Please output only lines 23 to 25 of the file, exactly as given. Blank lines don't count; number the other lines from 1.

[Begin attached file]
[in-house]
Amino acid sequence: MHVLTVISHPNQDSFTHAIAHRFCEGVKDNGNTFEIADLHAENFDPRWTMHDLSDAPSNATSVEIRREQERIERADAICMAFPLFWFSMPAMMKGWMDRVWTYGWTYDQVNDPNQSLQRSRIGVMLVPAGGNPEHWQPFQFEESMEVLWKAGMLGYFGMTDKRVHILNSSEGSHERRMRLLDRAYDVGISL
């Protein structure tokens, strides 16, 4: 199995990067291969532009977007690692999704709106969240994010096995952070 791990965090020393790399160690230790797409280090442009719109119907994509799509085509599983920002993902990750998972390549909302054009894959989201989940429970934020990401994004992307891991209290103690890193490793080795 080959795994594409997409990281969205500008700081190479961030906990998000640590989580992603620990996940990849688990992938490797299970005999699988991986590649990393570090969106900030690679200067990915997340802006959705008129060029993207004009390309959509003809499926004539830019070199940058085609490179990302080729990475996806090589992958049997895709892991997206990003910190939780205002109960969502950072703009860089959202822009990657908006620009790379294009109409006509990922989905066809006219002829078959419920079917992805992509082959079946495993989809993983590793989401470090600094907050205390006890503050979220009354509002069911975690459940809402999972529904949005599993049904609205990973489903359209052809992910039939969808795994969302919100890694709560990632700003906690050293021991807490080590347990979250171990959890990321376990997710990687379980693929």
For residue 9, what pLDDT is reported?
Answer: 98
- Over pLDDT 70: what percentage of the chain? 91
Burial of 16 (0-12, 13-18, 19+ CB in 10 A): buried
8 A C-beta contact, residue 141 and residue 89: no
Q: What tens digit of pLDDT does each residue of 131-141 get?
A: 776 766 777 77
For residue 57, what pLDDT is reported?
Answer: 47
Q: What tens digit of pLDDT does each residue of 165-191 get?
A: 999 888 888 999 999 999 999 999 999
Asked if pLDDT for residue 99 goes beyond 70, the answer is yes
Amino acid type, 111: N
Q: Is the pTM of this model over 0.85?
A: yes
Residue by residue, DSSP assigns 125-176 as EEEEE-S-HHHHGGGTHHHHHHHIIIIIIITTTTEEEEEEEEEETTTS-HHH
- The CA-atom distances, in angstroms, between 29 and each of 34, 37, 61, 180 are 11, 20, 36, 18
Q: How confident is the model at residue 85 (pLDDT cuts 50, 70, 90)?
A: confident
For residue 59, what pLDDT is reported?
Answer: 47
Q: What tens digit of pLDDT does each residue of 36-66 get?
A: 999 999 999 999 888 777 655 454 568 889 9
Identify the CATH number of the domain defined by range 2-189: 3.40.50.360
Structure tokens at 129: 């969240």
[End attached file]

For residue 59, what pLDDT is reported?
Answer: 47
Q: What tens digit of pLDDT does each residue of 36-66 get?